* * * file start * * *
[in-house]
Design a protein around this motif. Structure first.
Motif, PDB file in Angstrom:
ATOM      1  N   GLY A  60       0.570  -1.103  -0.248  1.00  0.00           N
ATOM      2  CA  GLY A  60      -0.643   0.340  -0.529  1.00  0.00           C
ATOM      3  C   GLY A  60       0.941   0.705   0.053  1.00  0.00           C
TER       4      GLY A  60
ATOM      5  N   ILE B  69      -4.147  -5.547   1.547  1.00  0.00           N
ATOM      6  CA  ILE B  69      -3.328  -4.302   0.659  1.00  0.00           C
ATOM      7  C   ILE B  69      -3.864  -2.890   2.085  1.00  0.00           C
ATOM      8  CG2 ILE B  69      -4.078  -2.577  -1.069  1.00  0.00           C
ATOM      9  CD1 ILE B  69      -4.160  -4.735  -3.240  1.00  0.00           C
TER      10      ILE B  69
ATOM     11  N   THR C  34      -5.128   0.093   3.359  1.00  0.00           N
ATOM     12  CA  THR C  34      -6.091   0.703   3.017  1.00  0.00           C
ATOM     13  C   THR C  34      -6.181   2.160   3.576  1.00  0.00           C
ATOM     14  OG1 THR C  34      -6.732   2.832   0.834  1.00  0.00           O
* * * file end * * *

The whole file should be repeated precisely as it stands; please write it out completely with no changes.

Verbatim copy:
[in-house]
Design a protein around this motif. Structure first.
Motif, PDB file in Angstrom:
ATOM      1  N   GLY A  60       0.570  -1.103  -0.248  1.00  0.00           N
ATOM      2  CA  GLY A  60      -0.643   0.340  -0.529  1.00  0.00           C
ATOM      3  C   GLY A  60       0.941   0.705   0.053  1.00  0.00           C
TER       4      GLY A  60
ATOM      5  N   ILE B  69      -4.147  -5.547   1.547  1.00  0.00           N
ATOM      6  CA  ILE B  69      -3.328  -4.302   0.659  1.00  0.00           C
ATOM      7  C   ILE B  69      -3.864  -2.890   2.085  1.00  0.00           C
ATOM      8  CG2 ILE B  69      -4.078  -2.577  -1.069  1.00  0.00           C
ATOM      9  CD1 ILE B  69      -4.160  -4.735  -3.240  1.00  0.00           C
TER      10      ILE B  69
ATOM     11  N   THR C  34      -5.128   0.093   3.359  1.00  0.00           N
ATOM     12  CA  THR C  34      -6.091   0.703   3.017  1.00  0.00           C
ATOM     13  C   THR C  34      -6.181   2.160   3.576  1.00  0.00           C
ATOM     14  OG1 THR C  34      -6.732   2.832   0.834  1.00  0.00           O